The Pentagon has no immediate plans to scale back the military's efforts at combating Ebola in West Africa despite recent reports of progress against the epidemic.
"The initial numbers out of Liberia are promising," Rear Adm. John Kirby, the Pentagon press secretary, said of the latest progress reports, but "nobody is taking that for granted."
President Obama met late Tuesday at the White House with his national security and public health advisors to assess the U.S. response to the virus that has hit hardest in Liberia, Guinea and Sierra Leone.
Following her recent trip to Liberia, Guinea and Sierra Leone, Samantha Power, the U.S. ambassador to the United Nations, said on CBS' "Face The Nation" program Sunday that she saw "positive signs" that the virus was being contained.
"More and more people are getting educated" on safe burials and other methods to avoid being infected, but there was still a need for more health professionals and nurses to build upon the initial progress, Powers said.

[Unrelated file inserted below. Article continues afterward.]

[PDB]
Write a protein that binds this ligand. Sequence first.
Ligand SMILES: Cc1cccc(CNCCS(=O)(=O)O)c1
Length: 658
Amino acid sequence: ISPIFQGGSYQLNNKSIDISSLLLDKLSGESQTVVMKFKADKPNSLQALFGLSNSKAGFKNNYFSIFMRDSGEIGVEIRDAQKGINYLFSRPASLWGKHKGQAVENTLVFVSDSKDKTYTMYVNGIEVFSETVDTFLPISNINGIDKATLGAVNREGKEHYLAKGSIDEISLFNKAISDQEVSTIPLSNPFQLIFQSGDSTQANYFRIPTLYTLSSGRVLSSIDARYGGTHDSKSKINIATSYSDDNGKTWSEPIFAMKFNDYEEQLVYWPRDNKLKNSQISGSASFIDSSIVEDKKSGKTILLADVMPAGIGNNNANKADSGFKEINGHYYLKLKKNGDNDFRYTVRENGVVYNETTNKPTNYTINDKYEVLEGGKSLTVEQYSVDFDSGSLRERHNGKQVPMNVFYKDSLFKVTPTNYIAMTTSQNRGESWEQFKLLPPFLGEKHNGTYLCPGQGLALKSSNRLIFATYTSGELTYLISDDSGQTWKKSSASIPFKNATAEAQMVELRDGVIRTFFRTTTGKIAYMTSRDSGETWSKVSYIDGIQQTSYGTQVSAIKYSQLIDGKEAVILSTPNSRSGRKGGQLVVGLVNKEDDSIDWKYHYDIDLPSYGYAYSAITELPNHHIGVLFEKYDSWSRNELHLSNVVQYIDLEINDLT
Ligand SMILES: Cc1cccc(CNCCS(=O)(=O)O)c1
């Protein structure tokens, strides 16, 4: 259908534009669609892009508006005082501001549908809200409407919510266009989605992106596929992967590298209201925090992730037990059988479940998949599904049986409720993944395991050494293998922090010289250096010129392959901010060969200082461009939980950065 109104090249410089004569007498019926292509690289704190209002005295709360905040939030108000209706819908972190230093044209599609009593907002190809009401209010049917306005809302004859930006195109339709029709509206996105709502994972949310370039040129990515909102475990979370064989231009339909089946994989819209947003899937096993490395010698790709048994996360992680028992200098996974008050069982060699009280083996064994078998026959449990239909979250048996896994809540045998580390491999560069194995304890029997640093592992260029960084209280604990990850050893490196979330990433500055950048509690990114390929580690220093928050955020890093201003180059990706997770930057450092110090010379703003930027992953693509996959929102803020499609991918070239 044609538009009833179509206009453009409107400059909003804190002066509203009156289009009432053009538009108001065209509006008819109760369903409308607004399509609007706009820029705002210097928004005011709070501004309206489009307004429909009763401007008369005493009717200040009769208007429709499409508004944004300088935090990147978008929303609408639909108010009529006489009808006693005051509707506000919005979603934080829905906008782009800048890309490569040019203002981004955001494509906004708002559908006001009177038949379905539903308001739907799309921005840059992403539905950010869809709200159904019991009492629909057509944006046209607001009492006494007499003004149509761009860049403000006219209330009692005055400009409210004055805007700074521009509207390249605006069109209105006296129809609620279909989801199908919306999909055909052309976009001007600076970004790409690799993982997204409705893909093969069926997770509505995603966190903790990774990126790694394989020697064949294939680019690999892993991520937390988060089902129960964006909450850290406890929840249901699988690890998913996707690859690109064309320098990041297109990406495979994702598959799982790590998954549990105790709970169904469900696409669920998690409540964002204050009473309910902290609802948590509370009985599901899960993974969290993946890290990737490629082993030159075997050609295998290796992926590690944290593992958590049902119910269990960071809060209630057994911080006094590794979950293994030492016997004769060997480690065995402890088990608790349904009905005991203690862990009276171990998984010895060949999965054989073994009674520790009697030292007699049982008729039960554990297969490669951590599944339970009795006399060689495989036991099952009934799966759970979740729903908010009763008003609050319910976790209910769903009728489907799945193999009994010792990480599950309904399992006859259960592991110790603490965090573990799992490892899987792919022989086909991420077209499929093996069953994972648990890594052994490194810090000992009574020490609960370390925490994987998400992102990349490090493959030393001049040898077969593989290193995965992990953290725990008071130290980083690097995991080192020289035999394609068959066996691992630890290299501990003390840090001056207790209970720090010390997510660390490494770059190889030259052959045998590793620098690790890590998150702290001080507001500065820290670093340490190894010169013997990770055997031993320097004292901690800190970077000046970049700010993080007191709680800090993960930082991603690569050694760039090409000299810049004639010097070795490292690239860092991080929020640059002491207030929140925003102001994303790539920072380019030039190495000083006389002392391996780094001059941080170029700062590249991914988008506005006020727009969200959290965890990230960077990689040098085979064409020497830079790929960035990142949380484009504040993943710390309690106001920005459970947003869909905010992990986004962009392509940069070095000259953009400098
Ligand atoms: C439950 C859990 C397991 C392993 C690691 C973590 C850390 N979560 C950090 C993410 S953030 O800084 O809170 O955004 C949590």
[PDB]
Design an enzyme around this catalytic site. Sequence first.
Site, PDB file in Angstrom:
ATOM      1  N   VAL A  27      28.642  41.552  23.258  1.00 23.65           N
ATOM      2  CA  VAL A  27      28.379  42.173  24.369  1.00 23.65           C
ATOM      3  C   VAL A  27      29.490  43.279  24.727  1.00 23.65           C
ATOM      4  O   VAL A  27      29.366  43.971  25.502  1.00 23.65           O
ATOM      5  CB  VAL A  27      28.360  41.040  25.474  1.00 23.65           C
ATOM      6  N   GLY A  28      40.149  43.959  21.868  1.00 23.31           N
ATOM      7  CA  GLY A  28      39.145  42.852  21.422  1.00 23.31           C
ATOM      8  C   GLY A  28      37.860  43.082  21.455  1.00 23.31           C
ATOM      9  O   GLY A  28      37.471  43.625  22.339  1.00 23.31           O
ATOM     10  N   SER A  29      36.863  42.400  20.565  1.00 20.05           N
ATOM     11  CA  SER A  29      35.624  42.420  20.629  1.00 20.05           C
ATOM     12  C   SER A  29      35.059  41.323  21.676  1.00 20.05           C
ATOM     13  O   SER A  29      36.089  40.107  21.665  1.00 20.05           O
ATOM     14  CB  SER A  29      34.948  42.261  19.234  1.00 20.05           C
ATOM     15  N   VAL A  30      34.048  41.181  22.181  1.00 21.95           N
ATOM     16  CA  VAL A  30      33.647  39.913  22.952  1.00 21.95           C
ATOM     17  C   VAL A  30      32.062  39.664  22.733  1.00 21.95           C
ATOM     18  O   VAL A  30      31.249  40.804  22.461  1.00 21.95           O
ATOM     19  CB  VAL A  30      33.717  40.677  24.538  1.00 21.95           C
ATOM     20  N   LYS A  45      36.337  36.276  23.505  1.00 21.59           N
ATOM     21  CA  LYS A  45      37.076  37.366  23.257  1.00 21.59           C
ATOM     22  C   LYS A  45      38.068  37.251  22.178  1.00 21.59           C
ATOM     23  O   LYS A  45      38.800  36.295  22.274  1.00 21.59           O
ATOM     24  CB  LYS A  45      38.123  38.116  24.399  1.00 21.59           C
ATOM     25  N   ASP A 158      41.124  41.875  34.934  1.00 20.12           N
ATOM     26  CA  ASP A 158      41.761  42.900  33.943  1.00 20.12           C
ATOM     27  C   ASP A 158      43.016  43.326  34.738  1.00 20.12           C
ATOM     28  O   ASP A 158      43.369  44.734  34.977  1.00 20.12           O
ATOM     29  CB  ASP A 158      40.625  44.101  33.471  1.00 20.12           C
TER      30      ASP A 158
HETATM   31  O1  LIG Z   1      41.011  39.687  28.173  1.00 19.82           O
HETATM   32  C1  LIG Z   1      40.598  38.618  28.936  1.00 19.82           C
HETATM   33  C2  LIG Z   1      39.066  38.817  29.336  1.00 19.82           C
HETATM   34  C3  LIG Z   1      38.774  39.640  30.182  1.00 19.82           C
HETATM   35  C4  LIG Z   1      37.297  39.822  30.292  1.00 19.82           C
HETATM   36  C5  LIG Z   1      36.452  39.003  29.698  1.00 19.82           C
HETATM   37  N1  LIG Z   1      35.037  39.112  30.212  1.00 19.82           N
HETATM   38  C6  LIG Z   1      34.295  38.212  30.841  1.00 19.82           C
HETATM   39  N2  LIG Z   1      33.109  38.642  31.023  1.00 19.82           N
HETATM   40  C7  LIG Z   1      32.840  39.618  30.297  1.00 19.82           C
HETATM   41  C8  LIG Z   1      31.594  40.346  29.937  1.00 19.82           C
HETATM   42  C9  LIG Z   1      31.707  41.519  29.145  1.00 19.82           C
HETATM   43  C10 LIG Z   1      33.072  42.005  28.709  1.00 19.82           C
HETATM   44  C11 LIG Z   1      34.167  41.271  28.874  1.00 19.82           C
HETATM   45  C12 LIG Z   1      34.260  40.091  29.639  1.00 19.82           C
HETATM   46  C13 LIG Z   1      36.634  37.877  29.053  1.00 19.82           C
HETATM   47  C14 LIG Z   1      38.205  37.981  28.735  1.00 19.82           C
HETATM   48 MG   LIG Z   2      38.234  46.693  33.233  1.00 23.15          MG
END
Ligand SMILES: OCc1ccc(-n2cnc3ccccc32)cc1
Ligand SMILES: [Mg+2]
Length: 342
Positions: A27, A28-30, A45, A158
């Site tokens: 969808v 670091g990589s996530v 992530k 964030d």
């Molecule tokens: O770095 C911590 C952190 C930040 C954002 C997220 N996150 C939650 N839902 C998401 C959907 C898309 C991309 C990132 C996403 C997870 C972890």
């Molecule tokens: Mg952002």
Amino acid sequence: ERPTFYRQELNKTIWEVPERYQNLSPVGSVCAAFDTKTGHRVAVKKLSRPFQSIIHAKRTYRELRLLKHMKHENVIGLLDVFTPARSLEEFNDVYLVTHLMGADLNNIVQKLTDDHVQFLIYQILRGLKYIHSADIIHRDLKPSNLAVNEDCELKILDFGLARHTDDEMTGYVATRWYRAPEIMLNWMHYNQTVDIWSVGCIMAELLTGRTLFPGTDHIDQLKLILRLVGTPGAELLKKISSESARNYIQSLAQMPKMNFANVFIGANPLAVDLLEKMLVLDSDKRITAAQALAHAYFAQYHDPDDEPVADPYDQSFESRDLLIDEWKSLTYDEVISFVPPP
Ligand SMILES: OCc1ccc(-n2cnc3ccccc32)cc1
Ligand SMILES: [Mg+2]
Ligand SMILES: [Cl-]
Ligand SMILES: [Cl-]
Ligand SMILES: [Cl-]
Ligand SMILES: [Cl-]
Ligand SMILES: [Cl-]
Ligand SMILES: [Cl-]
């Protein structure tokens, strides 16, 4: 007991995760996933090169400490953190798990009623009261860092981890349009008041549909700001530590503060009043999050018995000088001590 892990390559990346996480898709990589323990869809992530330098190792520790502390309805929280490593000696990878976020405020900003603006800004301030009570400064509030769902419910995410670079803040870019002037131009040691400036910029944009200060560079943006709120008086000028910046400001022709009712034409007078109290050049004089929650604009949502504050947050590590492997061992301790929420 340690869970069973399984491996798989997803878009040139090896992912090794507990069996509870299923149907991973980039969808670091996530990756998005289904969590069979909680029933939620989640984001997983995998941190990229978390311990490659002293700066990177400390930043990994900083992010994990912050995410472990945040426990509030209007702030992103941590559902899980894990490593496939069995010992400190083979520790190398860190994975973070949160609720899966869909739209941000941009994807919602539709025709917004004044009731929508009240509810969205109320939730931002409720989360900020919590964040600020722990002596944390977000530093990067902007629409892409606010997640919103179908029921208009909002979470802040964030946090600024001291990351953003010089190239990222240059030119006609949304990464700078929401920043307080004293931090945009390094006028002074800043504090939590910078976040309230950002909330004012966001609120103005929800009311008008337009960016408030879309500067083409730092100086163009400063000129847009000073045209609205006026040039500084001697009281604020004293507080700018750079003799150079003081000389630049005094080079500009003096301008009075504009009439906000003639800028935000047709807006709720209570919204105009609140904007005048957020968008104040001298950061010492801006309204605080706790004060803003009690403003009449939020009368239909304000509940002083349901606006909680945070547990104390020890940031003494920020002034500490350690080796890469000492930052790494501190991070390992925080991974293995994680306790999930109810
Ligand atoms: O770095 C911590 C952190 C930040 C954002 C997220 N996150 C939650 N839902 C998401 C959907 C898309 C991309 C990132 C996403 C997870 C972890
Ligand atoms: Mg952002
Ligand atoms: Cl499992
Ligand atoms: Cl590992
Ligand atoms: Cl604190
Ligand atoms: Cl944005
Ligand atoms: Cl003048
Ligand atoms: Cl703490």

The Washington Post reported from Monrovia, the Liberian capital, on Tuesday that the rate of new Ebola infections had declined significantly in recent weeks.
Bill Berger, head of the U.S. Agency for International Development's Disaster Response Assistance Team in Monrovia, said that the U.S. military would go ahead with the plan to build 17 Ebola treatment centers of 100 beds each.
However, Berger said the option to build those centers with as few as 10 beds was "being discussed," the Washington Post reported.
"We're still moving out on our plans to build these facilities," Kirby said.
If decisions were made down the line to curtail the effort, those decisions would be made by other agencies and not the Defense Department, he said.
Currently, there are about 1,700 U.S. military personnel in West Africa – the vast majority in Liberia and about 126 in Senegal, which is serving as a staging base for supplies and personnel flowing into the region, Pentagon officials said. The Pentagon has planned to deploy up to 4,000 service members to West Africa for tours of six months.
More than 4,950 persons have died of Ebola in West Africa and more than 13,500 have been infected, according to the World Health Organization.
-- Richard Sisk can be reached at firstname.lastname@example.org